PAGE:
This case is a reminder of the dangers of a case based largely on circumstantial evidence.
Changing terms & conditions: Repudiation of the contract of employment
An employer advised the employee that his position would become redundant should his work performance not improve and should he and his team not reach the target of R150 000-00 in membership fees. The employee was later informed that if he and the team failed to meet the target, the members of his team would be incorporated into another team and this would result in the redundancy of his position.
After a period for the employee to improve, the continuing failure to reach the target resulted in the employee not being dismissed but being moved from the position of manager to that of consultant. This was not a permanent post and he would no longer be a salaried employee but would have to rely on commission. The employee did not agree that he was not dismissed and referred an unfair dismissal case to the CCMA. The employer then charged him with absenteeism and abscondment, and despite his absence from the hearing, dismissed him. He was told that the reason for his dismissal was desertion.
The Labour Court, in Marneweck v Seesa Limited(LC Case No: JS 814/07, Judgment: 17 March 2009), had to decide whether the employee was dismissed for reasons of misconduct or due to the employer's operational requirements. The Court said that the enquiry into whether or not there is a dismissal goes beyond investigating whether the employer used the word “dismissal” in terminating the employment relationship with the employee. In other words it is not the label placed on the termination that determines whether or not there is a dismissal. As a matter of principle, an employment contract can be regarded as terminated based on the objective construction of the employer’s conduct which unequivocally repudiates the contract.
The court held that the employer had terminated the employment relationship and offered a totally different contract to the employee. By introducing a new contract that radically changed not only the terms and conditions of employment of the employee, but also the nature of the relationship from that of employment relationship to that of an independent contractor, the employer repudiated the contract, which repudiation the employee accepted.
The disciplinary hearing about desertion was held to be a sham and a smoke screen.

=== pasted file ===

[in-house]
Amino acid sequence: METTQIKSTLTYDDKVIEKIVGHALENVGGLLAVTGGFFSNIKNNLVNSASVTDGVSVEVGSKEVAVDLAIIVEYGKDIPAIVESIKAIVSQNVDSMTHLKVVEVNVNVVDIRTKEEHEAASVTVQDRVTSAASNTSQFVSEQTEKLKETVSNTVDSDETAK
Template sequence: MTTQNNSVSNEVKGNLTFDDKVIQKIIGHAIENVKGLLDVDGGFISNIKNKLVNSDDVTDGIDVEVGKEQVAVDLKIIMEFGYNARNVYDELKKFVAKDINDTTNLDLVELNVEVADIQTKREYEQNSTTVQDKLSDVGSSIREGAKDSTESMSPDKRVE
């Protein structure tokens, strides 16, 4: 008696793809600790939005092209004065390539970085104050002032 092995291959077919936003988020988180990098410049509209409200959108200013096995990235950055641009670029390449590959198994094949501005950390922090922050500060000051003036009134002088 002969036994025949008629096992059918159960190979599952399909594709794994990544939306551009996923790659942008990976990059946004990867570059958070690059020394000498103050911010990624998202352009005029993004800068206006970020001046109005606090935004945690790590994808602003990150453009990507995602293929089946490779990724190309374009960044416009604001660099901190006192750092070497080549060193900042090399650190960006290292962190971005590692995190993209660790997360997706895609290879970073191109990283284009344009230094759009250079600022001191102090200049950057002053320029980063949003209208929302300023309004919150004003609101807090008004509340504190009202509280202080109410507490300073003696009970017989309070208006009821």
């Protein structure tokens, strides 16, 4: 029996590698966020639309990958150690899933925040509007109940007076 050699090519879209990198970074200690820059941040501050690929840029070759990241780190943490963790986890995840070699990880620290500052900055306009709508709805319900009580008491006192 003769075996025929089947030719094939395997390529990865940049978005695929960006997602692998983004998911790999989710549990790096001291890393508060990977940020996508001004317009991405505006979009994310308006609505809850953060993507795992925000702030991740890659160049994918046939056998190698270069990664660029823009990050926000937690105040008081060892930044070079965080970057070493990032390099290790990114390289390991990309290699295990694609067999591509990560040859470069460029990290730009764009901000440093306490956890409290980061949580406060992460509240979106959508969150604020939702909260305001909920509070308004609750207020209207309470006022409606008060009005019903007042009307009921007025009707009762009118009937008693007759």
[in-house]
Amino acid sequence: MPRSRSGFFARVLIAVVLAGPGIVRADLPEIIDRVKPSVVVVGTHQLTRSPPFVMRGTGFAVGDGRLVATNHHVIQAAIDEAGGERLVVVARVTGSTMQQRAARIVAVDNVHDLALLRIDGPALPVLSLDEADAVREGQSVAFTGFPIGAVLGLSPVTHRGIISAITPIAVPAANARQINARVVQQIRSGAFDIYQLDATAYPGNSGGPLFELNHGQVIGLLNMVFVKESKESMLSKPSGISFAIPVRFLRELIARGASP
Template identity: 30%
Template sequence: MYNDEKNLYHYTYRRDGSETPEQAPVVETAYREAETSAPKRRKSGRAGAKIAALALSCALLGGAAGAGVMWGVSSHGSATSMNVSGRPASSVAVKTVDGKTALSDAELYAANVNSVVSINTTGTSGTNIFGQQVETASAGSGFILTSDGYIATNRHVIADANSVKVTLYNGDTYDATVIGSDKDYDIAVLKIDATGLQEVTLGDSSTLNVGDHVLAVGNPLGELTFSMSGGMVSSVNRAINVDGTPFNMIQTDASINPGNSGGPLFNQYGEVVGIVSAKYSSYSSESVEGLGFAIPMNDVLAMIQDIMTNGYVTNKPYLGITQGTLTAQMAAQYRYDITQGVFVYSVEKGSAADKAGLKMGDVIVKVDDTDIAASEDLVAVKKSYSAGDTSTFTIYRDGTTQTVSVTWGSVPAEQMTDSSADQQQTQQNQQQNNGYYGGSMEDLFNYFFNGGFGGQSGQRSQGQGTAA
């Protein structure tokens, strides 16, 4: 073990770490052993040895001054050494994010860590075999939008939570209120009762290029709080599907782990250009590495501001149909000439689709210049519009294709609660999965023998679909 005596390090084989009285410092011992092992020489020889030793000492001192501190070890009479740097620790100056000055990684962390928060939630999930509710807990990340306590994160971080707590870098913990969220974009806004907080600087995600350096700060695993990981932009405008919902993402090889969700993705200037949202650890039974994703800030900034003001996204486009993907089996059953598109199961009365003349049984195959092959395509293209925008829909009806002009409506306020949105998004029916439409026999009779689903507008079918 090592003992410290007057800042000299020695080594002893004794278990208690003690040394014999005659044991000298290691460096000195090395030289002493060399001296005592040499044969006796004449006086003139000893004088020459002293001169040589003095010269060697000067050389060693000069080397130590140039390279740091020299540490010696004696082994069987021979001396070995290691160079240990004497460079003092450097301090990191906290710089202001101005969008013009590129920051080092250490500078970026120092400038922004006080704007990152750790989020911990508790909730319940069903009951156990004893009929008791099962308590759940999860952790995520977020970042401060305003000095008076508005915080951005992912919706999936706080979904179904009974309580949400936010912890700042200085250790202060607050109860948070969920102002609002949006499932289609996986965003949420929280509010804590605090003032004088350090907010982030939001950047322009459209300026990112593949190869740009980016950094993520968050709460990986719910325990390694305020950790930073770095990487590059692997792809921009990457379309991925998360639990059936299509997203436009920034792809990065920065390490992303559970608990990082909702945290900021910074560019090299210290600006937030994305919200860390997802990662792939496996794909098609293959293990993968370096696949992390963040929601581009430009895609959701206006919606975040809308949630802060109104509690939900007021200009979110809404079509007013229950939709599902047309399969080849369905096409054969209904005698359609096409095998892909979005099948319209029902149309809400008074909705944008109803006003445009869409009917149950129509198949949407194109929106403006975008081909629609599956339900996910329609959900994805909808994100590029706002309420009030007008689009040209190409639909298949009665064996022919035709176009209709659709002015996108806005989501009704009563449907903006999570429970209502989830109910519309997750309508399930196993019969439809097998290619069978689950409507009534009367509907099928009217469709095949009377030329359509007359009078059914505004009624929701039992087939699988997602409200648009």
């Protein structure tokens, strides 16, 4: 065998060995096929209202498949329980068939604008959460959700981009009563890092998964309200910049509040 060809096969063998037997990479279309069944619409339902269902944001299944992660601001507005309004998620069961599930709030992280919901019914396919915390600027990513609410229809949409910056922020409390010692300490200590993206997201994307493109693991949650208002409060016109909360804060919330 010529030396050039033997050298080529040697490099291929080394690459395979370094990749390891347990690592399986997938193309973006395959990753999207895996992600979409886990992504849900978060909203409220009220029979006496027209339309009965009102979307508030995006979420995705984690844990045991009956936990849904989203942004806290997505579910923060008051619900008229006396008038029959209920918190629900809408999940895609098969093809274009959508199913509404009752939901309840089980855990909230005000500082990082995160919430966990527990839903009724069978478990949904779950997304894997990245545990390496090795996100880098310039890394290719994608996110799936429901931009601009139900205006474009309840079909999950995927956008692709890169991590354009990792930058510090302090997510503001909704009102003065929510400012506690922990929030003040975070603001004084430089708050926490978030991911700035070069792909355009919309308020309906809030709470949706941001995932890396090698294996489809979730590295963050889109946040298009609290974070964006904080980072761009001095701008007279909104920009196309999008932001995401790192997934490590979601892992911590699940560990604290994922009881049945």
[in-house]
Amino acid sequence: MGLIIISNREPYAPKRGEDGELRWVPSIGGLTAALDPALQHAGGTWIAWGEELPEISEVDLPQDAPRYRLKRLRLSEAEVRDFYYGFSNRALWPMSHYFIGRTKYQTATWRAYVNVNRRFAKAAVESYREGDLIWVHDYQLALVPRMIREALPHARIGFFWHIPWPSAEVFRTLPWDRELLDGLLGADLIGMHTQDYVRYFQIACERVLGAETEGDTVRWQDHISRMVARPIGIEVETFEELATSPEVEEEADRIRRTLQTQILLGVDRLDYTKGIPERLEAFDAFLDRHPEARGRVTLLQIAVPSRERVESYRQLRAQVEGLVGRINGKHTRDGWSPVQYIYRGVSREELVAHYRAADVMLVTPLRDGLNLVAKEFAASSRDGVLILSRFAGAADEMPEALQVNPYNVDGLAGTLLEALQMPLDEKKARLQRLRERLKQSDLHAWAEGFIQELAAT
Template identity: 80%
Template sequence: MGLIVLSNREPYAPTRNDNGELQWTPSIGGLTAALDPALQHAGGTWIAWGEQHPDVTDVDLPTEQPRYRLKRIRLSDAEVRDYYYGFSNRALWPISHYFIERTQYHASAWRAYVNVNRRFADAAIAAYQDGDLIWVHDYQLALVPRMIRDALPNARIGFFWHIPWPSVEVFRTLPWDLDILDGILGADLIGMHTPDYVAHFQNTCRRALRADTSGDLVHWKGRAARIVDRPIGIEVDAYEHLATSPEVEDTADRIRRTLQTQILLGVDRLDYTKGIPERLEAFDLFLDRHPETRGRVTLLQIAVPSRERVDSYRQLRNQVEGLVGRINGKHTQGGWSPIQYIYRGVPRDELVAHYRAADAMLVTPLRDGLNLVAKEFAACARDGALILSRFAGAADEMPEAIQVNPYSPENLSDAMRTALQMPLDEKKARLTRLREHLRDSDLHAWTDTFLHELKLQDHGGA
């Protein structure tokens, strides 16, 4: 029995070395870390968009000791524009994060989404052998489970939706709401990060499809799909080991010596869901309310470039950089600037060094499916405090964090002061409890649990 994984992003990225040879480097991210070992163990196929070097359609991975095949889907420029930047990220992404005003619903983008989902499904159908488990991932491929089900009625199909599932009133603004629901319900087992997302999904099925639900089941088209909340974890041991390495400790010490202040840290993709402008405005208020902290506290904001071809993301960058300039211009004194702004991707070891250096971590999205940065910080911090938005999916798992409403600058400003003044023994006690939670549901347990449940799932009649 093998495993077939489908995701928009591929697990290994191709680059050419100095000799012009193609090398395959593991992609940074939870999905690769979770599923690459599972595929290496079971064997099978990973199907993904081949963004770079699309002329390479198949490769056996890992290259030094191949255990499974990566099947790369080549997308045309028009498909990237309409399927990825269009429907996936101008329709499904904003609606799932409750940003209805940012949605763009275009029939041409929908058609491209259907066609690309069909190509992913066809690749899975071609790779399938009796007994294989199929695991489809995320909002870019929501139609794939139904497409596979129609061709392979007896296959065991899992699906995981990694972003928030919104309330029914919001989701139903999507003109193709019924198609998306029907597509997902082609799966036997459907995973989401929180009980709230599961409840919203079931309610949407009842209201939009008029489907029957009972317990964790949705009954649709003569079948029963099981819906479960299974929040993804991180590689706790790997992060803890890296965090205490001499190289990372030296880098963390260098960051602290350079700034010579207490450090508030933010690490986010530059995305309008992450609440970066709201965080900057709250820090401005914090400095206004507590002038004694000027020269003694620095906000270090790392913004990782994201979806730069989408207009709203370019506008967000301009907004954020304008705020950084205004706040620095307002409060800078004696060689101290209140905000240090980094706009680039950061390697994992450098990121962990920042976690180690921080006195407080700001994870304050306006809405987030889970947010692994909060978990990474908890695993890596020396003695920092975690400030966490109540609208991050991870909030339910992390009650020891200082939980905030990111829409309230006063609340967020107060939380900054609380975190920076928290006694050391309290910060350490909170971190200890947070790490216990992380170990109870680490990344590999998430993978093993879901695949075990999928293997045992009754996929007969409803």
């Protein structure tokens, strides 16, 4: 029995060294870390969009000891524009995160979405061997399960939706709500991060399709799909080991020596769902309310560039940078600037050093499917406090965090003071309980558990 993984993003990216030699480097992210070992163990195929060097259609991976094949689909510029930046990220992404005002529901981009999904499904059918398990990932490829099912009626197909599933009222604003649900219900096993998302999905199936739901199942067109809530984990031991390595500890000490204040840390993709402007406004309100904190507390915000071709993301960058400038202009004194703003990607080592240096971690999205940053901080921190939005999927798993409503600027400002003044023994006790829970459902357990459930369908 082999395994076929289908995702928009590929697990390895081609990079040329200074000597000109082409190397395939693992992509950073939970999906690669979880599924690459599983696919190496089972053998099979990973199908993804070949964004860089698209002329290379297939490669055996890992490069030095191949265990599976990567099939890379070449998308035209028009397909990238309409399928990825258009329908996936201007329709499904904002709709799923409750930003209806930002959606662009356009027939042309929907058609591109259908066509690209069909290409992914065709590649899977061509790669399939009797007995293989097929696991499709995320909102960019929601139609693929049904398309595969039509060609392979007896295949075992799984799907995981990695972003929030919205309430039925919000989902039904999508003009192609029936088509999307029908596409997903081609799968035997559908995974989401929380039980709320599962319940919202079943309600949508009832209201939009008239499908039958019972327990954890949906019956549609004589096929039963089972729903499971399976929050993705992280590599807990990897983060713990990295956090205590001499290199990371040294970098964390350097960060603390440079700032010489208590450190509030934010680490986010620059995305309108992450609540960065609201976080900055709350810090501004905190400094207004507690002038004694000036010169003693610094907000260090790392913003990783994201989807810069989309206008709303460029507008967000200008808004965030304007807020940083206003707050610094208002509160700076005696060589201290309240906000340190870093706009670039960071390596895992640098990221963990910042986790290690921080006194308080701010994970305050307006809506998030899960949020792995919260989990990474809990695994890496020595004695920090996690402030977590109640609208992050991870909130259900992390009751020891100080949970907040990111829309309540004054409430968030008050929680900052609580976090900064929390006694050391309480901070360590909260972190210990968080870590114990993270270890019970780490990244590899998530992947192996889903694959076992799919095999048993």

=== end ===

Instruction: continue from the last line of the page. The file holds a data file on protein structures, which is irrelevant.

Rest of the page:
The facts and the circumstances of this case indicate very clearly that the dismissal of the Applicant was for operational reasons. There was no evidence that the termination of the contract was the last resort after all other options had been considered. There is also no evidence as to what measures the employer took into account to avoid the dismissal. Accordingly the court found the dismissal to be unfair.
This case has two important learnings. First, the termination of the employment contract can take place without use of the word ‘dismissal’. As the court said, an employment contract can be regarded as terminated based on the objective construction of the employer’s conduct which unequivocally repudiates the contract. Second, the court will scrutinize the reason for dismissal and will reject a sham ‘misconduct’ dismissal where there should have been a proper procedures for an incapacity or operational requirements dismissal.
Does the imprisonment of an employee end the contract automatically?
The employee commenced employment in 1985. In 2002 he was arrested about the death of another person that was not work related. After his release on bail, he with representatives of the first applicant (NUM) had a meeting with members of management where he was informed what the possible consequences of a term of imprisonment could be. The employee was convicted on a charge of culpable homicide and was sentenced to five years imprisonment. He started serving his sentence on 22 January 2003. Soon after being taken into custody, his term of imprisonment was changed from 5 years to 10 months. He was informed in writing by the employer that because he was unable to render his services, the employer could no longer accept the situation that amounted to a repudiation of his employment contract, that was accepted by it. The employer’s attitude was that it could not wait for the 10 month period since the employee was an operator and the work had to continue. NUM appealed on his behalf but was informed that he had not been dismissed or discharged and that its disciplinary code was not applicable.